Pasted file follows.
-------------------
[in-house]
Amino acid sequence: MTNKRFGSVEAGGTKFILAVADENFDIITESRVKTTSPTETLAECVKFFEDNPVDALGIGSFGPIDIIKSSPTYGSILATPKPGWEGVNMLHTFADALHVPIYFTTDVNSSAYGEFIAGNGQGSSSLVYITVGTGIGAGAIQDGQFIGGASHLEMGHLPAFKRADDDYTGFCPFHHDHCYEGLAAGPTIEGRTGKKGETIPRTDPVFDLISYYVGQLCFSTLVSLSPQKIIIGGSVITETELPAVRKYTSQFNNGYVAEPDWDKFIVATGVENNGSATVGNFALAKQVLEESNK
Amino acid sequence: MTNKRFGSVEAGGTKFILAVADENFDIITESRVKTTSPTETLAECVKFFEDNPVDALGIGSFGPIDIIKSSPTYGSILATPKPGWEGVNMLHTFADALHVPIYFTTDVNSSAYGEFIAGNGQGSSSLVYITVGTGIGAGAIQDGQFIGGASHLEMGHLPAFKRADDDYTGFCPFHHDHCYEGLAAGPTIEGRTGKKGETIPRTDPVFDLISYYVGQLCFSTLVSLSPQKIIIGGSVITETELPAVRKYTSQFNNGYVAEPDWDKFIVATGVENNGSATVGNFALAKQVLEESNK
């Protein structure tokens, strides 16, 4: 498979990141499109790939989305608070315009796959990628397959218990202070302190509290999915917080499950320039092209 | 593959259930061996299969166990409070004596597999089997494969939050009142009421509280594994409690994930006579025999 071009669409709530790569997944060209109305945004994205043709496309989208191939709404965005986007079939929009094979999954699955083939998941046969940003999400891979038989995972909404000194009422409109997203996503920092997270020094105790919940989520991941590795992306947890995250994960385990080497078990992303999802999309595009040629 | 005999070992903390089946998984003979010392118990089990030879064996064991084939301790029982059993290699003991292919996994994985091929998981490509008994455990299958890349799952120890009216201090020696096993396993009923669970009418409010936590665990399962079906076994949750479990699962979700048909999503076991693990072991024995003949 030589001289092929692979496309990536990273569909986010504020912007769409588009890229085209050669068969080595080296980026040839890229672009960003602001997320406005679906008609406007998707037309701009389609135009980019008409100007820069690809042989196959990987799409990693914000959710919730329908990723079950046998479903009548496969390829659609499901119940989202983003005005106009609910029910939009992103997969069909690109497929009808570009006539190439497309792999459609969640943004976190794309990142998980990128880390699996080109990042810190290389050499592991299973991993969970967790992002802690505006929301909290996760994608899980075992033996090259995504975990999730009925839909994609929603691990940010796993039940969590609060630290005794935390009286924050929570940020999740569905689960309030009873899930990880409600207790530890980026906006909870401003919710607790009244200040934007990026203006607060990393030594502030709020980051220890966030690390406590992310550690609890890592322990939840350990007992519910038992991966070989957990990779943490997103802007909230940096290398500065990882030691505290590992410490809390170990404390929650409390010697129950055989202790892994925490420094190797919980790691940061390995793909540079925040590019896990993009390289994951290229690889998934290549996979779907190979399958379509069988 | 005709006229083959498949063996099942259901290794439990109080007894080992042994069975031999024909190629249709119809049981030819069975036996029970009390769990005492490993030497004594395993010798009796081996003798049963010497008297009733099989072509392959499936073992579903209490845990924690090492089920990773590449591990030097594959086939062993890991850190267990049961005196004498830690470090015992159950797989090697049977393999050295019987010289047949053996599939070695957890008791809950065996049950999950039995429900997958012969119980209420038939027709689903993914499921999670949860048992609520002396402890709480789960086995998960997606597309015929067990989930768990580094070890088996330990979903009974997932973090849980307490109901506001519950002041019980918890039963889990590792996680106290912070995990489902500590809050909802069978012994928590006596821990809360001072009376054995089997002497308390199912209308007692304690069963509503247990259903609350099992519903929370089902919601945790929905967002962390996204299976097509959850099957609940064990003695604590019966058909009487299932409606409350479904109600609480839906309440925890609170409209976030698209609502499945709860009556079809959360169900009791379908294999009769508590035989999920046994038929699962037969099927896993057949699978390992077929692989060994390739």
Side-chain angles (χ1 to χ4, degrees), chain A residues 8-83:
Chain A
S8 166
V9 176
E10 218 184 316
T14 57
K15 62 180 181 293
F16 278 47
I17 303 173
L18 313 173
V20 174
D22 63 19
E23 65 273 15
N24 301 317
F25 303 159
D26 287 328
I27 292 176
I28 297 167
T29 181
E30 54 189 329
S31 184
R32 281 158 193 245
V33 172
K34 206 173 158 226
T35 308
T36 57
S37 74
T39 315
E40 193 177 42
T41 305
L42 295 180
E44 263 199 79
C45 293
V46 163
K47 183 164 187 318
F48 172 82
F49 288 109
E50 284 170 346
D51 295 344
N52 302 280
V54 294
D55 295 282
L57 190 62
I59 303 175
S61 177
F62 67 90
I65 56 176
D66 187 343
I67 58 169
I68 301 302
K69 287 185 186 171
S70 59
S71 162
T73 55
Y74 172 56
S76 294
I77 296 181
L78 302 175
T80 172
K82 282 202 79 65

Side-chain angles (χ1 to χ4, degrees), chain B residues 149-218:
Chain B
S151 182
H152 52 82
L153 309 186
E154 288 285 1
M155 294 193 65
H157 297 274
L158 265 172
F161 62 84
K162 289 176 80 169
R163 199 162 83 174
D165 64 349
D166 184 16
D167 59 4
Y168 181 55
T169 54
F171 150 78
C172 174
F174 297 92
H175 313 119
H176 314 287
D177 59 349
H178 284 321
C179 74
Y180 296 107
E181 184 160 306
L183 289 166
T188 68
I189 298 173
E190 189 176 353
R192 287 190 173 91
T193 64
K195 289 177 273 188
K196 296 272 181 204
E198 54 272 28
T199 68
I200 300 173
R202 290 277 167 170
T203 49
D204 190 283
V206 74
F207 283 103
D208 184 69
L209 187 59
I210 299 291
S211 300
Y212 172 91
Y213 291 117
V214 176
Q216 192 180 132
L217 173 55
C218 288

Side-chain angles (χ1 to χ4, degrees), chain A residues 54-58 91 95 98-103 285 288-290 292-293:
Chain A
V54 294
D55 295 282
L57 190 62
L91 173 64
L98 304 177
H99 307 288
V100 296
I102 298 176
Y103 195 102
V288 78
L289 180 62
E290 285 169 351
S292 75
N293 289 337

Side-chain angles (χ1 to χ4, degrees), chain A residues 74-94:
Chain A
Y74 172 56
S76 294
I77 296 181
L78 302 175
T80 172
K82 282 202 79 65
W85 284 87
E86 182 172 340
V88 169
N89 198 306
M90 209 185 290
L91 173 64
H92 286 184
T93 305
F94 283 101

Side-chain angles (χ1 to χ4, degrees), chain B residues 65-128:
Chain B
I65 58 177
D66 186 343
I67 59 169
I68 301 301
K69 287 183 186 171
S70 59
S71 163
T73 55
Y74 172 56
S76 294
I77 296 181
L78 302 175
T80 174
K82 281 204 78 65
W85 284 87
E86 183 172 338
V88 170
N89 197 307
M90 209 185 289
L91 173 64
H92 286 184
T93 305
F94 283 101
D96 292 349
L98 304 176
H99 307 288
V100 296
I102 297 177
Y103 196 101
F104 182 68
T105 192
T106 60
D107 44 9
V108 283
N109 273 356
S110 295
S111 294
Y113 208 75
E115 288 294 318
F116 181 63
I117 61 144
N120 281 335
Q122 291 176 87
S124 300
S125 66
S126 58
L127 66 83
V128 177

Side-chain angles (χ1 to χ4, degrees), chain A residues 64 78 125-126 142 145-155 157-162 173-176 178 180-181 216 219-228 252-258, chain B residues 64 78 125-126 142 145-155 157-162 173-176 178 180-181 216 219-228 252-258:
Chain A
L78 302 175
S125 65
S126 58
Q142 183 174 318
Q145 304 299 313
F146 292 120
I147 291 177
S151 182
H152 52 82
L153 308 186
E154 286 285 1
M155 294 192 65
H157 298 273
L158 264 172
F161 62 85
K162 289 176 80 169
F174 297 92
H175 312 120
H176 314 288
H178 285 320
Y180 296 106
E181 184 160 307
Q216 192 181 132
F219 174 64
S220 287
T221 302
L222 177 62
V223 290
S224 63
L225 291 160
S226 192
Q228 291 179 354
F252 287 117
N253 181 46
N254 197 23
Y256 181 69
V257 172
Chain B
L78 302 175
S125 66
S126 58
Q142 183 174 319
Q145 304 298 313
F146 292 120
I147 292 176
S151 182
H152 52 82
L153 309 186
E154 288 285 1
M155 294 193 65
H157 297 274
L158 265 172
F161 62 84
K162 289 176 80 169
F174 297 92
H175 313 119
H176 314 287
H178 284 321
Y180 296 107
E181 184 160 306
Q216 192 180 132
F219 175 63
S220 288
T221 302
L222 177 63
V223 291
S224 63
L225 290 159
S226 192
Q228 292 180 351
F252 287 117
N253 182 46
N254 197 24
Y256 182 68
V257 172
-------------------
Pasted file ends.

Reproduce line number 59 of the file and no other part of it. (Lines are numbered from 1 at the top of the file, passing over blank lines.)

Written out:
Y74 172 56